The JOE ROY UTLEY LEGACY SOCIETY We have created the Joe Roy Utley Legacy Society to provide a fund through which friends can make bequests in a number of different ways. The easiest method is an instruction in a Will to leave a specific dollar amount to The Music Foundation of Spartanburg. It is a simple matter to add a codicil to an existing Will, giving the direction to make a gift from your estate to the Society. Gifts may also be made by giving appreciated securities or other assets, by way of charitable trust, through gift of life insurance, or by gifts of retirement account assets.

The HENRY JANIEC SOCIETY The Henry Janiec Society was established in 2001 to honor the distinguished Dr. Henry Janiec - conductor, educator, and pianist. Dr. Janiec conducted the Spartanburg Symphony Orchestra from 1952 to 1995 and served as Dean of the Converse College School of Music from 1967 to 1994. He also served as Director of the Brevard Music Center from 1964 to 1996. Members of the Henry Janiec Society have established permanently endowed chairs in the Spartanburg Philharmonic Orchestra with a gift of $25,000 or more. These chairs and funds help guarantee the future of the Philharmonic.

For information about supporting a SPO Legacy Society Fund, contact Kathryn Boucher, Executive Director: kboucher@spartanarts.org | 864-948-9020

Nov. 4, 2006

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Borodin, Prince Igor: Polovtsian Dances featuring the Spartanburg Festival Chorus Bruch, Violin Concerto no. 1 guest artist, Tatiana Berman Stravinsky, The Firebird suite Dukas, The Sorcerer's Apprentice

Feb. 10, 2007

Nielson, Aladdin suite (selections) Piazzola, Aconcagua Concerto guest artist, James Crabb Bartok, Concerto for Orchestra


SUSTAINING PLEDGE DONORS

Our Sustaining Pledge Donors represent a special group of Spartanburg and Upstate residents who understand the 3 year evolution of our Orchestra and recognize the importance of sustained funding. A commitment to give a pledged amount each year has a tremendous impact on our Orchestra as we head into a new era of music for our community.

Mr. & Mrs. Stanley Baker Mrs. Susan H. Baker Dr. & Mrs. James E Bradof Mrs. Donna Cart Mr. & Mrs. Jerry Cogan Mr. & Mrs. Ray Dunleavy Tim Farrell & Robyn Hussa Farrell Dr. Karen Czuba Gibson & Mr. Jimmy Gibson Mr. & Mrs. Roger Habisreutinger Dr. Lois Hesser & Mr. John Rungo Dr. Leslie Howard, Jr Mr. Ben Burke Howell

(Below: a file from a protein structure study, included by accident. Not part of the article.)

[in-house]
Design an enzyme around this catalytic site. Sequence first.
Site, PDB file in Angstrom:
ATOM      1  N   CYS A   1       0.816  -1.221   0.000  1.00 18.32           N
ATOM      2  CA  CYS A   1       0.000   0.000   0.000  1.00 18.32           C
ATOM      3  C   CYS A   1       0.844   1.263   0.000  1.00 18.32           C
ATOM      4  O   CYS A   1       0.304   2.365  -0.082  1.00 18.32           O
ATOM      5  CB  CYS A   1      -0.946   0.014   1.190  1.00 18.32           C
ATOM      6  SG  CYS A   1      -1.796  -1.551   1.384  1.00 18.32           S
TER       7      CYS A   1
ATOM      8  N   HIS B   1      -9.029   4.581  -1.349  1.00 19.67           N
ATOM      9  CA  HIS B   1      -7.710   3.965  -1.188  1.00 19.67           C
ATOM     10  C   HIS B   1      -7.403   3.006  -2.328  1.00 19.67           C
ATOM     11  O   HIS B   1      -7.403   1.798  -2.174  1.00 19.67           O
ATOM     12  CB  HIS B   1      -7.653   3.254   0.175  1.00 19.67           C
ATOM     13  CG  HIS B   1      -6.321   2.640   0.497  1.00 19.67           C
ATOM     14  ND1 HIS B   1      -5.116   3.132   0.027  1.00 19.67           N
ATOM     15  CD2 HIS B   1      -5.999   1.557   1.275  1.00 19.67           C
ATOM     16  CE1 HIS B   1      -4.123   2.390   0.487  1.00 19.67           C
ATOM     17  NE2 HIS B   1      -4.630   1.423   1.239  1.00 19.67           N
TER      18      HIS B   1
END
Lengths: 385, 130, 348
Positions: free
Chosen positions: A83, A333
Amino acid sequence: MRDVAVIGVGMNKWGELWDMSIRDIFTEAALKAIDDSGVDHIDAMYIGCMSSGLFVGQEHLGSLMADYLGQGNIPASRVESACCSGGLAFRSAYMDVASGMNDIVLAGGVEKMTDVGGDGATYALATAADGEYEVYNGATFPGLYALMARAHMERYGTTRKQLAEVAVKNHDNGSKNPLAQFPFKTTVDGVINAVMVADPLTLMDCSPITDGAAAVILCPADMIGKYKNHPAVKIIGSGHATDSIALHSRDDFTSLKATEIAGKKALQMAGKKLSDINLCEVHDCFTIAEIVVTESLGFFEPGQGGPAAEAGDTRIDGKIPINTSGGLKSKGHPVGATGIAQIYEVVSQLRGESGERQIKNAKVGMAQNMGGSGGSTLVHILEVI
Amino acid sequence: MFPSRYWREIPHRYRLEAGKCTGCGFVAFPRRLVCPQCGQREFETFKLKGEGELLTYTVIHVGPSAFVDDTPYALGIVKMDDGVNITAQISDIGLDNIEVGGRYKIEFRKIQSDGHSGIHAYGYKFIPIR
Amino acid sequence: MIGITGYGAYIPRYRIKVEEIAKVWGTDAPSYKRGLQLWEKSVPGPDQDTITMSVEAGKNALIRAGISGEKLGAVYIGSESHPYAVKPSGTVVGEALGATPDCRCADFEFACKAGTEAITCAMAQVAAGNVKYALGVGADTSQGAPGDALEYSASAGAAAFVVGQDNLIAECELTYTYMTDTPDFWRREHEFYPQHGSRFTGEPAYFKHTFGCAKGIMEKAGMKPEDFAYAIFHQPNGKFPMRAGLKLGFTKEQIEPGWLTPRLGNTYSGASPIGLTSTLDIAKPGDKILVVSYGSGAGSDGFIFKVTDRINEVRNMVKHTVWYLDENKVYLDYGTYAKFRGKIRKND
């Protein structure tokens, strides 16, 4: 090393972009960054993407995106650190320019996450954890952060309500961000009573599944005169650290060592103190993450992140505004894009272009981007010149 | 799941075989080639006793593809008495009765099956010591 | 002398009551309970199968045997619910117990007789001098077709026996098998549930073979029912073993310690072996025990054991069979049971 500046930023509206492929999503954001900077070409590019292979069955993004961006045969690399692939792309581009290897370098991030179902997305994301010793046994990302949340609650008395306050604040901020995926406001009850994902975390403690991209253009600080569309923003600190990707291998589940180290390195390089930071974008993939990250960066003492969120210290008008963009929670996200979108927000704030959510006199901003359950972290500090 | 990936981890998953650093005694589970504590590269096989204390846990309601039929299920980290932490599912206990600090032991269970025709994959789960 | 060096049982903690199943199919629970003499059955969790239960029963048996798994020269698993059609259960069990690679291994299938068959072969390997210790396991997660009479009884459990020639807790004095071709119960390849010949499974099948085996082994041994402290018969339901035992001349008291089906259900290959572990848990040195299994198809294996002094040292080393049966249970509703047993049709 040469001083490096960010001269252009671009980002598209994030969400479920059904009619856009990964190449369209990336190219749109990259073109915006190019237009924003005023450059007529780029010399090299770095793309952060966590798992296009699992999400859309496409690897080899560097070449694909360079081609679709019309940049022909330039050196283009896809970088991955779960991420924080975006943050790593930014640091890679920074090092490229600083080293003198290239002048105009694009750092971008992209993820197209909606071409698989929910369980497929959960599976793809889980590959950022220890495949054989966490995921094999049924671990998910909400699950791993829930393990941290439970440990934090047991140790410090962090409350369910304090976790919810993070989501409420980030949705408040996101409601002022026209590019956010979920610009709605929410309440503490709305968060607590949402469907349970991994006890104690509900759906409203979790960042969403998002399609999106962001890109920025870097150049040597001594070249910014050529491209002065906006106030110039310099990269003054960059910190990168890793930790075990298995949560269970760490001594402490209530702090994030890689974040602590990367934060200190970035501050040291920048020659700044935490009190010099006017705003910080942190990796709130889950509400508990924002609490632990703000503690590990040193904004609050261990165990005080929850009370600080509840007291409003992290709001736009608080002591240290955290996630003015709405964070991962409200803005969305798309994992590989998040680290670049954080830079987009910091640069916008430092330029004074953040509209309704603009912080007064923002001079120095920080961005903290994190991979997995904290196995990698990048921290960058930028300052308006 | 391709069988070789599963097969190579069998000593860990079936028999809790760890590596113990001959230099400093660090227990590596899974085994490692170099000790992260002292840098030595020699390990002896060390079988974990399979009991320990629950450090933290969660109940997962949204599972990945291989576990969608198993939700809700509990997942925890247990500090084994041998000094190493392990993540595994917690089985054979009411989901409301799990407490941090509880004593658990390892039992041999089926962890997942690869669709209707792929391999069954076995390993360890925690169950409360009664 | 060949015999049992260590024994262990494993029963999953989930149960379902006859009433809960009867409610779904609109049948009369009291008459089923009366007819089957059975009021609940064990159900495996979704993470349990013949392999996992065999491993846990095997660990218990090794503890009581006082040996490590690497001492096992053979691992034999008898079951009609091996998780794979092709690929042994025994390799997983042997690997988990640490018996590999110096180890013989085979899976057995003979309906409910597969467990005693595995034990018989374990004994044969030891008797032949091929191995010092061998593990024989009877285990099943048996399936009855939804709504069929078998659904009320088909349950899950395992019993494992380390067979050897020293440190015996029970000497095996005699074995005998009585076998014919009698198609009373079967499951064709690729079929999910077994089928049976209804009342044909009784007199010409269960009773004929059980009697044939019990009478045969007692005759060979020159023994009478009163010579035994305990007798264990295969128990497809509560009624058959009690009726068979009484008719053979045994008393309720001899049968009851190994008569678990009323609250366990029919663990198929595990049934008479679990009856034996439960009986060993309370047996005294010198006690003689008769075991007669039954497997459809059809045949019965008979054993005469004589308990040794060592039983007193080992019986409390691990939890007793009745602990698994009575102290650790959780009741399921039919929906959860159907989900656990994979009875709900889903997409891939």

Mar. 17, 2007

Sibelius, En Saga N. Rota, Trombone Concerto guest artist, Scott Hartman A. Ioannides, Two Finnish Impressions guest conductor, Ayes Ioannides Respighi, Pines of Rome

Mrs. Joseph W. Hudson Dr. Wilton Kanode Dr. & Mrs. Louis Knoepp, Jr. Mr. & Mrs. Michael Kohler, Jr. Mr. & Mrs. Lindsay Little Mr. E.T. McLean Mr. & Mrs. Don Miles Mr. & Mrs. Joe Molfenter Mr. & Mrs. John R. Murphy Dr. Joella Utley Mr. & Mrs. Peter Ellis Weisman Mr. & Mrs. Kurt Zimmerli In Memory of W. Gordon Rodgers, Jr, M.D.

May 19, 2007

Pops at the Park! guest artist, Tim Shew

Third Season Spartanburg

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SYMPHONY LEGACY FUND

We gratefully acknowledge the following donors who made generous commitments to the Spartanburg Philharmonic Orchestra. This list reflects gifts received July 2015 through Dec 2016.

B E N E F A C T O R

&

M A E S T R O

$ 1 5 , 0 0 0 +

The Alfred Moore Foundation Mr. & Mrs. William Barnet Mr. & Mrs. James Hudgens Mr. & Mrs. George Dean Johnson Dr. Joella Utley Mr. & Mrs. Kurt Zimmerli P O D I U M

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V I R T U O S O

$ 5 , 0 0 0 - $ 9 , 9 9 9

The Arkwright Foundation Anonymous Dr. Karen Czuba Gibson & Mr. Jimmy Gibson B A T O N

$ 2 , 5 0 0 - $ 4 , 9 9 9

Mr. & Mrs. Ken Deems Mr. & Mrs. Ray Dunleavy Mr. & Mrs. Roger Habisreutinger

F E L L O W

M U S I C I A N S

Dr. & Mrs. Mitchell Hurst Allen Mr. W. D. Bain, Jr. Ms. Karen E. Bjelland Kathryn & Jeff Boucher Dr. & Mrs. Ernest Camp III Mr. & Mrs. Allen Daryl Doyle P A T R O N

Mr. Jim Pangel Mr. & Mrs. Geoffrey Wilson

$ 5 0 0 - $ 9 9 9

Dr. & Mrs. J. Sidney Fulmer Mr. & Mrs. Dean Gaskins Mr. & Mrs. William U. Gunn Mr. & Mrs. Robert E. Hyatt Ms. Wallace Eppes Johnson Ms. Ann Karegeannes

Mr. & Mrs. Art McQueen Dr. & Mrs. Mark Monson Dr. Terry O. Pruitt Mr. & Mrs. Peter Sereque

Ms. Rosalyn Henderson Myers Ms. Joann Hoffmeyer Mr. & Mrs. Max Jent Ms. Sarah Johnson Mr. & Mrs. Stephen Johnson Mr. & Mrs. Stewart H. Johnson Mr. & Mrs. Glenn McComas Mr. John N. McNamara Mr. & Mrs. Fritz Mezger Mr. & Mrs. Boyce Miller Mr. & Mrs. Robert Mitchell Ms. Bonnie H. Monson Mr. & Mrs. Charles Morgan Mr. & Mrs. Walter Oates Mr. & Mrs. Dwight F. Patterson, Jr.

Ms. Nancy Rainey Crowley Dr. & Mrs. Nayef H. Samhat Mr. & Mrs. Mortimer R. Sams, III Mr. & Mrs. Mark Simpson Mr. & Mrs. John Supra Mr. Arnold Tuttle Mr. & Mrs. Gregory Wade Mrs. Ted Wagner Mr. & Mrs. William Walsh Mr. & Mrs. Paul D. Weaver Ms. Ruth Cate & Mr. Chuck White Ms. Penny Wright Mr. & Mrs. Robert L. Wynn, III

$ 1 5 0 - $ 4 9 9

Mr. & Mrs. Charles Baxter Mr. Robert Borden Mr. & Mrs. Ken Boucher Dr. John M. Bullard Dr. John Burchfield Dr. & Mrs. William W. Burns Mr. & Mrs. Paul Cote Mr. & Mrs. Rich Dent, Jr. Tim Farrell & Robyn Hussa Farrell Dr. & Mrs. Charles M. Fogarty Dr. & Dr. Cedric Gibb Mr. Gerald Ginocchio Mr. & Mrs. Richard Goldman Mr. & Mrs. Chad Graham Mr. & Mrs. Max Hyde 12 HearHERE


SYMPHONY LEGACY FUND

We gratefully acknowledge the following donors who made generous commitments to the Spartanburg Philharmonic Orchestra. This list reflects gifts received July 2015 through Dec 2016.

P R I N C I P A L